The Colorado Court of Appeals issued its opinion in Estate of Casper v. Guarantee Trust Life Insurance Co. on Thursday, November 17, 2016.

Cancer Insurance Policy—Jury Verdict—Punitive Damages—Noneconomic Damages—Judgment—C.R.S. § 14-20-101—Attorney Fees—Actual Damages—C.R.S. § 10-3-1116—Jury Instruction.

Casper bought a cancer insurance policy from defendant, Guarantee Trust Life Insurance Company (GTL). Casper was diagnosed with cancer seven months later, and GTL refused to pay his claims. Casper sued GTL for breach of contract, bad faith breach of an insurance contract, and statutory unreasonable denial of benefits. A jury awarded him punitive and other noneconomic damages. The trial court immediately entered an oral order making the verdict a judgment, but Casper died nine days later, before the court had reduced its oral order entering judgment to a written judgment as required by C.R.C.P. 58. Subsequently, Casper’s estate (Estate) was substituted as plaintiff. The court later entered a judgment for the estate nunc pro tunc to the date of the verdict. The court awarded attorney fees and costs as part of the Estate’s actual damages.

On appeal, GTL argued that as a matter of law, under C.R.S. § 13-20-11 (Colorado’s survival statute), the delay in entering the written judgment meant the Estate was entitled only to the $50,000 awarded as economic damages for the breach of contract claim. Under Colorado law, the death of a plaintiff in a personal injury action extinguishes his entitlement to recover noneconomic and punitive damages. Here, because the verdict resolved the merits of the case, and judgment would necessarily follow, the survival statute did not extinguish Casper’s right to damages.

GTL also asserted that attorney fees and costs awarded by the trial court under C.R.S. § 10-3-1116 do not constitute actual damages upon which the court may base its determination of punitive damages under C.R.S. § 13-21-102(1)(a). Under the plain meaning of C.R.S. § 10-3-1116, which is remedial in nature, reasonable attorney fees and court costs in this case are actual damages and do not constitute penalties or other types of damages.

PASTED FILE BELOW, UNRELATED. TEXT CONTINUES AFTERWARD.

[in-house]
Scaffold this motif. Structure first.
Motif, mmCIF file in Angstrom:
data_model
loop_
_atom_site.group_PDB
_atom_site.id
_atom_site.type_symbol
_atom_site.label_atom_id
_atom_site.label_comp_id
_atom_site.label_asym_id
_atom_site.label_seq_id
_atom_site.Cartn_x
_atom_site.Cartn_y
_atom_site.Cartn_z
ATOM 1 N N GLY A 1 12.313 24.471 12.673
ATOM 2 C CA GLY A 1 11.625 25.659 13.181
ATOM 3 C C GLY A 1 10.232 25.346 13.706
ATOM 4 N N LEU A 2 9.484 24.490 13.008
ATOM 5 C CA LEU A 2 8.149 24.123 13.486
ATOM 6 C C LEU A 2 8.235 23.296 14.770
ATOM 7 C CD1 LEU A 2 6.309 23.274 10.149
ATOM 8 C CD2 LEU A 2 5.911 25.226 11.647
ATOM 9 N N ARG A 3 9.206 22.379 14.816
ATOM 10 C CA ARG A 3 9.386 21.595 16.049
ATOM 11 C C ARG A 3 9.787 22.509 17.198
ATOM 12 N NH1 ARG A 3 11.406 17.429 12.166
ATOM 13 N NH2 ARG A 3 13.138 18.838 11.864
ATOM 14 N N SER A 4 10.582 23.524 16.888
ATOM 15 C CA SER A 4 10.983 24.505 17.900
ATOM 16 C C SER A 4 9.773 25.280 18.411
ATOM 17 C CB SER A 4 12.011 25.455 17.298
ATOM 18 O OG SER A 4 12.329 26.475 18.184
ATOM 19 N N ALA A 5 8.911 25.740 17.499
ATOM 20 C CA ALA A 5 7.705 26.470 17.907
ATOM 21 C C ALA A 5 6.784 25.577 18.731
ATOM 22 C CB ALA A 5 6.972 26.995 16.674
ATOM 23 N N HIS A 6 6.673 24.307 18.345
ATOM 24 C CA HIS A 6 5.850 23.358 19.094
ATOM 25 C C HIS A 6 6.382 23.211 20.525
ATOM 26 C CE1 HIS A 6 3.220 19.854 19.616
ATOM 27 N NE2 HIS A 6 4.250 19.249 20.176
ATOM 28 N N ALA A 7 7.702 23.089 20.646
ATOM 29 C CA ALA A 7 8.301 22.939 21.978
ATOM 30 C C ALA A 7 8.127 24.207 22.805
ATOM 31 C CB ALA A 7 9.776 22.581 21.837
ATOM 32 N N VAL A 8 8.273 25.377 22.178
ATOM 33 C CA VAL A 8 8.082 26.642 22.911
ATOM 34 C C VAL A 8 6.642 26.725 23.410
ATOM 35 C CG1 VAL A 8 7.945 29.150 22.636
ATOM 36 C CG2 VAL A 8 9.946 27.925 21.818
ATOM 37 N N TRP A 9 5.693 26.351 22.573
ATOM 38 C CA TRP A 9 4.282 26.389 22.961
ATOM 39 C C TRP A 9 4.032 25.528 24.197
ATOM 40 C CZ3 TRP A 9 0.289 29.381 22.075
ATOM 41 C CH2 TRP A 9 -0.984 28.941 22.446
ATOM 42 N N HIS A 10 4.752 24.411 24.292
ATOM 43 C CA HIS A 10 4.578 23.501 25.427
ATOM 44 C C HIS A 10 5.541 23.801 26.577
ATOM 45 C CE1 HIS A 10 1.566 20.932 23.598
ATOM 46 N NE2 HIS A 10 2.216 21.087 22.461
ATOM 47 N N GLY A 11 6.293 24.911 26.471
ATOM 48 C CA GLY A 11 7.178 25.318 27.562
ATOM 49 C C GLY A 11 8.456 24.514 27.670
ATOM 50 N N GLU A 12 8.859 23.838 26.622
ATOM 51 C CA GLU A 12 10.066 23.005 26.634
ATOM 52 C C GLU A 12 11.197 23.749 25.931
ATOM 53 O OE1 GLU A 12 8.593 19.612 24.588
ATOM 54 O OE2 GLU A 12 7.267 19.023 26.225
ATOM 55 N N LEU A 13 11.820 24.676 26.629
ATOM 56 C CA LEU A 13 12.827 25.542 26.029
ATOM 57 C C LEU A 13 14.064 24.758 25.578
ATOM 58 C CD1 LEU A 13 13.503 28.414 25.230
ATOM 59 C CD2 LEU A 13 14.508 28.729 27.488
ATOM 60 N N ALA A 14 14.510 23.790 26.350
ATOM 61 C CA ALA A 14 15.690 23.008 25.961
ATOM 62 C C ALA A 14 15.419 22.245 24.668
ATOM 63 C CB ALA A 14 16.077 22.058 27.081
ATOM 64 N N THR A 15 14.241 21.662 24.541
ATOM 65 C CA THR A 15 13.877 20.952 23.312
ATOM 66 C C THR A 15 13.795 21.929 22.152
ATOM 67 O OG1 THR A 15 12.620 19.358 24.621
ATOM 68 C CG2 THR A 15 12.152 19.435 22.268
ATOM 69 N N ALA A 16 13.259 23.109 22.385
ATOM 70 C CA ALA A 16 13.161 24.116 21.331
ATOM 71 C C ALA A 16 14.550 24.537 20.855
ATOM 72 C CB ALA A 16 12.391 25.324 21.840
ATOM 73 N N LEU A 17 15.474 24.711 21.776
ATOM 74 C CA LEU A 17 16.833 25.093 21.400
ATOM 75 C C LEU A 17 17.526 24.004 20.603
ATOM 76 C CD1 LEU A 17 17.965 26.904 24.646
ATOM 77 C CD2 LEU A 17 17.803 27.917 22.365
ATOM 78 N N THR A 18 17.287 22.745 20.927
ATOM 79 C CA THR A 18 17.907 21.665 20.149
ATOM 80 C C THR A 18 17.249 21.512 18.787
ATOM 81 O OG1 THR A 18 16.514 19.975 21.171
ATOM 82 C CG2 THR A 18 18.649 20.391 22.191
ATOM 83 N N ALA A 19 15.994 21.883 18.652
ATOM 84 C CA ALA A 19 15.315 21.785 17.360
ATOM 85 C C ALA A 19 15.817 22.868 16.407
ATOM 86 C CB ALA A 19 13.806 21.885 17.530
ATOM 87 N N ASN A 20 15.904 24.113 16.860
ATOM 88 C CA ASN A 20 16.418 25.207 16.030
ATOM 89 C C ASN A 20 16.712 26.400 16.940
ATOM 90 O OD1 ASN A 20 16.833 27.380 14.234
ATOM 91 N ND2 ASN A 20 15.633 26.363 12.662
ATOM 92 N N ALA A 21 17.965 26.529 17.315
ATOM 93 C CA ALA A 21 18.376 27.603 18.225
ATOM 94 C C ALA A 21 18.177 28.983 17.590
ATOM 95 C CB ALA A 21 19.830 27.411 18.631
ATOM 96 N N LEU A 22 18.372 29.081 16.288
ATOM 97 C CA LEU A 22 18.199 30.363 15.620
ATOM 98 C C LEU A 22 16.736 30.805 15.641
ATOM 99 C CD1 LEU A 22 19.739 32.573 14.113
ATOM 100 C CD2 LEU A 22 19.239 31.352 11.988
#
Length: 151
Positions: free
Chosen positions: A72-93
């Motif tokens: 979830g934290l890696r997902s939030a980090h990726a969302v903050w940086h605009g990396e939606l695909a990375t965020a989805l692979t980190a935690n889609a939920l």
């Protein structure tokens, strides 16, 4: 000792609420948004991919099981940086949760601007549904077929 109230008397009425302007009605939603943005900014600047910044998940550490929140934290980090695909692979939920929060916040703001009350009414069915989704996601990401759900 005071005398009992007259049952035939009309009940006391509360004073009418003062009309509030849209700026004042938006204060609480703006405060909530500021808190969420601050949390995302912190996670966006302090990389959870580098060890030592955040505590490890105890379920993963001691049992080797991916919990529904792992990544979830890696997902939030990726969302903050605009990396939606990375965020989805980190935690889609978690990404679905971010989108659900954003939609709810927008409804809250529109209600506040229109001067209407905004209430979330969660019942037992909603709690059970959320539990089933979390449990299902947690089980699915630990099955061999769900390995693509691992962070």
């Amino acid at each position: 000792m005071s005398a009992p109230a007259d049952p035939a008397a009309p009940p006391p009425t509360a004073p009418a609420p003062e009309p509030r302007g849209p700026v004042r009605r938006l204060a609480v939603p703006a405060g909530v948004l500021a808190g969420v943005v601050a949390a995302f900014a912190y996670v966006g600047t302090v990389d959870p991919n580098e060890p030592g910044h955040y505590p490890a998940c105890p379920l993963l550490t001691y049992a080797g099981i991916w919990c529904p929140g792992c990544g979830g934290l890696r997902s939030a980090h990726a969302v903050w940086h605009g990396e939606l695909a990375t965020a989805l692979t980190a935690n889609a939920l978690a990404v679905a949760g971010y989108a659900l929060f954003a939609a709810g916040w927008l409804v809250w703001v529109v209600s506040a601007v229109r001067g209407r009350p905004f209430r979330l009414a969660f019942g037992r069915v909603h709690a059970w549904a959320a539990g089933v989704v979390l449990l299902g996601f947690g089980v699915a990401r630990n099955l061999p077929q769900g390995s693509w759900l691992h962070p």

GTL next asserted that the district court erred by not reducing by two-thirds the supplemental request for attorney fees. Even if apportionment was required, the district court did not abuse its discretion in awarding supplemental fees.

Finally, GTL argued that the trial court erred by instructing the jury on Regulation 4-2-3, which regulates advertising by the insurance industry. The trial court found that the instruction related to Casper’s theory that GTL’s marketing and sale of the insurance policy, through Platinum, was evidence of GTL’s bad faith. The standard of care related to the sale and marketing of the policy was relevant to Casper’s claims, and it is undisputed that the instruction was a correct statement of the law. Therefore, the court did not abuse its discretion in instructing the jury on this regulation.

The judgment was affirmed and the case was remanded to determine the Estate’s appellate fees and costs.

Summary provided courtesy of The Colorado Lawyer.

Tenth Circuit: Unpublished Opinions, 11/22/2016

On Tuesday, November 22, 2016, the Tenth Circuit Court of Appeals issued one published opinion and seven unpublished opinions.

Hunter v. Hirsig

United States v. Jurado-Barajas

Morris v. Dowling

United States v. Callwood

Granados v. Crowley County Correctional Facility

Dubois v. Brown

Garman v. Garaychochea

Case summaries are not provided for unpublished opinions. However, some published opinions are summarized and provided by Legal Connection.